The diseases most commonly seen in travellers are diarrhoea, malaria (if you travel in a malaria-infested area), accidents (when travelling by car or swimming), wound infections and sexually transmitted diseases.
- Diarrhoea is caused by contaminated food and drinking-water. You must therefore be careful if your are travelling in poor hygiene conditions.
- Malaria is transmitted by mosquitoes, so first thing to do is to protect yourself against these mosquitoes.
- In order to prevent accidents during travelling, it is wise to apply same precautions as those taken at home. In addition, it is very important that all wounds should be thoroughly disinfected in order to avoid infection.
Many intestinal infections are attributable to infections picked up by mouth or hands. With a little care most of these illnesses can be prevented. Hepatitis A, typhoid fever, polio and cholera still occur in countries with poor hygiene, but these diseases are easily prevented.
However, chance is rather large that you will still contract a light and/or nondangerous form of traveller's diarrhoea. Traveller's diarrhoea almost always spontaneously clears up after a few days, but can nevertheless be irritating. And a risk to your overall and travel health.
In first place measures must be taken against dehydration. Likewise, treatment of symptoms must be considered in order to reduce number of bowel movements and relieve other symptoms such as fever, vomiting and stomach cramps. Sometimes a more serious form of diarrhoea occurs, for which specific treatment with antibiotics is indicated or where hospitalisation or fluid replacement appears unavoidable.
It takes only a few basic preventive measures to make your trip a success : Total prevention of traveller's diarrhoea is impossible and it is obvious that preventive measures can seldom be strictly followed at all times. But following preventive measures do significantly reduce risk of contracting serious diarrhoea: In order to maintain good travel health wash your hands before eating and avoid (if possible) :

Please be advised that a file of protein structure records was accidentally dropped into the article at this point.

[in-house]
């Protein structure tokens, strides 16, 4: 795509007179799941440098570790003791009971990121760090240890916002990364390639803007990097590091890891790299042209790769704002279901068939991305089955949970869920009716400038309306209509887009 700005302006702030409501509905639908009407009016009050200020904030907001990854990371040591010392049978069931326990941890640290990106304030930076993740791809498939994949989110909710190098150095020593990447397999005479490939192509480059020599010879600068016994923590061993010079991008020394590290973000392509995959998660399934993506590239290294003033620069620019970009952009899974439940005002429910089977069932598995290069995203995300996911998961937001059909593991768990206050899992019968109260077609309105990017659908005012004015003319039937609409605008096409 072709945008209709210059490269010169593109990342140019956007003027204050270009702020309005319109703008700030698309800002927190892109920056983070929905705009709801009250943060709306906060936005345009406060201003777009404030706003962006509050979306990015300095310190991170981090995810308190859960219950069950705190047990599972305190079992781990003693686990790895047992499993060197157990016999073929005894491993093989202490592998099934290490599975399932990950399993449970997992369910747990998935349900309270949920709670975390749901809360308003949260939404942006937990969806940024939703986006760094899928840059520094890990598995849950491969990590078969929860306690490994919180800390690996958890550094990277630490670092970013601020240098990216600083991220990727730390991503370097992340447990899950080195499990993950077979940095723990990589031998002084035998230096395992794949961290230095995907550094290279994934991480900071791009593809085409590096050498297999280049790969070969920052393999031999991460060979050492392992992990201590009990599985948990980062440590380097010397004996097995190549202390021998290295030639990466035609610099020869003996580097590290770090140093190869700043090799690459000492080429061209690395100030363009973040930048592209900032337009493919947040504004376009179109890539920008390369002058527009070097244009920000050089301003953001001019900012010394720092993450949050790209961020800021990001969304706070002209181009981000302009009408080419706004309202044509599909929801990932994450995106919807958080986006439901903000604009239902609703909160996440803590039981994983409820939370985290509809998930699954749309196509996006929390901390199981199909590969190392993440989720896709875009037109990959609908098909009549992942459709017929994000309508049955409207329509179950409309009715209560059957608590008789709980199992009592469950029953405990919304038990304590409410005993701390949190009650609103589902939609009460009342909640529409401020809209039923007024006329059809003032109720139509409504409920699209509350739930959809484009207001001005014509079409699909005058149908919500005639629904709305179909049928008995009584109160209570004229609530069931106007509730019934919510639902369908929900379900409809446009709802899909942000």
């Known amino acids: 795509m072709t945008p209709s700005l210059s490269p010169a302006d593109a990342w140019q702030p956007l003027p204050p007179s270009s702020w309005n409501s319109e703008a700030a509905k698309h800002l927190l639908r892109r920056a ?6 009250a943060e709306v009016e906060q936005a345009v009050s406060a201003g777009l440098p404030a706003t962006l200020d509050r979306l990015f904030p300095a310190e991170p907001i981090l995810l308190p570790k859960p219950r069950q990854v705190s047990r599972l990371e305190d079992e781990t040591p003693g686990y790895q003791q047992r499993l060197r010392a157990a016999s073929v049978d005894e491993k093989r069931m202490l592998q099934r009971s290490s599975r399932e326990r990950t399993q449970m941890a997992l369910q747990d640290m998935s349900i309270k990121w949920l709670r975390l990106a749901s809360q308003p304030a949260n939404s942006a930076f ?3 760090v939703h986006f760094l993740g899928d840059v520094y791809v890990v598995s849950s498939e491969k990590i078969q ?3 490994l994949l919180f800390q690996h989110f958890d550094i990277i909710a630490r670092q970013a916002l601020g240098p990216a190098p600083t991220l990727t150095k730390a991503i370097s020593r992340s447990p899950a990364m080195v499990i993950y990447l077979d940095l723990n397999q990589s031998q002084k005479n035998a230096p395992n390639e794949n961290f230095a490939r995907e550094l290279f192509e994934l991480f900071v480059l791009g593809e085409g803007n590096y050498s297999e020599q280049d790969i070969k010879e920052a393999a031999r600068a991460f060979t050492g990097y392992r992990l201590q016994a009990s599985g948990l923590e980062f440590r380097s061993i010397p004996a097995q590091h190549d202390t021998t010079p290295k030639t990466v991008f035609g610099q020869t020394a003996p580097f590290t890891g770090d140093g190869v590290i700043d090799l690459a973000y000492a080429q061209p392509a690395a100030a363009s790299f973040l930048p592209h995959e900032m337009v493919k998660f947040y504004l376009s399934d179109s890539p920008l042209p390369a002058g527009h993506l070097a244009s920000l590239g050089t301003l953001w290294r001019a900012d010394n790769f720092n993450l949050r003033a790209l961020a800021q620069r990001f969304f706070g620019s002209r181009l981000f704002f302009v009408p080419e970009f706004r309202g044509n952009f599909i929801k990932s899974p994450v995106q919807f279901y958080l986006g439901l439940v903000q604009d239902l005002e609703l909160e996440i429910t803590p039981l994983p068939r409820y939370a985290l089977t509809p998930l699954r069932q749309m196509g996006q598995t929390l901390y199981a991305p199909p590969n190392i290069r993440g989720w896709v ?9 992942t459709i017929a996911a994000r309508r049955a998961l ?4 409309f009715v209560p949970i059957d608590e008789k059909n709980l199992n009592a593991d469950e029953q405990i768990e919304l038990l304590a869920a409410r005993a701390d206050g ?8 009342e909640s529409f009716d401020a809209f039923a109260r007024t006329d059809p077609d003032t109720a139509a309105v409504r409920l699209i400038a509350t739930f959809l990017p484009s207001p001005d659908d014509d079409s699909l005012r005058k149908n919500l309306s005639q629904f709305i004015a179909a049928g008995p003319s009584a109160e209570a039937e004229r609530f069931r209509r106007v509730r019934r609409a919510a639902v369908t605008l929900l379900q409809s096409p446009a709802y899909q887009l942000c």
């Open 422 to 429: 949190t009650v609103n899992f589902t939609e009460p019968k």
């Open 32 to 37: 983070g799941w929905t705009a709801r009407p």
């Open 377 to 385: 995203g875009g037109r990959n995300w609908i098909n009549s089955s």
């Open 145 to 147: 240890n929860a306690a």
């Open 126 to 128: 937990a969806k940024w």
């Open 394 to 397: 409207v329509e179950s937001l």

- raw vegetables and fruits that you have not peeled yourself - uncooked or unpasteurized dairy products - insufficiently cooked sea foods (+ Hepatitis A !) and meat - “local meals” which do not smell fresh - ice-cream bought from street merchants (industrial ice straight from deep-freeze is probably safe).
Cooked meals should be served hot. The place where you eat is also important. A meal taken from a stall presents a greater risk than a meal taken in a restaurant. Avoid restaurants where there are a lot of insects. Avoid tap water and ice-cubes. Bottled water and soft drinks are safe. Watch out for bottle caps that have already been used. It is very important to disinfect drinking-water on adventure trips. Total sterilisation of drinking water is impossible. The following measures considerably reduce contamination risk and safeguard your travel health:
- Boiling water is very effective. - A good alternative is chemical disinfection with chlorine drops (e.g. Hadex®, Drinkwell chloor®; available in sport shops specialized in outdoor activities) or chlorine tablets (Certisil Combina®; chloramine tablets; available at pharmacy). Their effect can be improved by first filtering unclear water. Silver salts (Micropur®, Certisil Argento®) are not very suitable to disinfect water, but they keep disinfected water germ-free for a long time.
For adventurous travellers conscious to travel health it is best to buy a portable water-filter. The use of antibiotics in order to prevent diarrhoea before it occurs can be dangerous + Also use of other preventive medications is not recommended.
.How to treat diarrhoea?
It is extremely important to consume sufficient liquid and salt in order to prevent dehydration. You can do this by taking salt solutions, but tea with lemon, broth, soft drinks and fruit juice, supplemented with salt crackers are tastier. Commercial salt products are available on market (ORS-solution).
Taking an anti-diarrhoea preparation (loperamide, e.g. Imodium®) can greatly reduce number of bowel movements, with a considerable reduction of complaints as a result. Imodium® may only be used by adults and older children and only for treating ordinary watery diarrhoea: 1 capsule after every loose movement up to a maximum of 4 per day.
Antibiotics are indicated :
1. If blood, mucus or pus are present in stools. 2. If after 24 to 48 hours, there is no sign of improvement and diarrhoea is accompanied by fever (above 38.5 C) or severe abdominal cramps, or if there are more than six stools per 24 hours and especially when these also occur at night. 3. Or if because of travel circumstances a quicker solution is absolutely desirable . Appropriate antibiotics are only to be used on doctor’s prescription
·SEXUALLY TRANSMITTED DISEASES Casual sexual contacts tend to be higher while on holiday abroad. Sexually transmitted diseases, particularly AIDS, form therefore an important risk for travellers. Quite often unintentional and unsafe sexual contact takes place under alcohol influence. Prevention while on holiday abroad is no different from precautions you take at home. Adequate use of a condom, preferably bought at home, is absolutely essential. Only a water-soluble lubricant should be used, but it only offers a partial guarantee (e.g. KY gel). Vaccination against hepatitis B is advised. Always consult your doctor if you think you are at risk, even when there are no symptoms.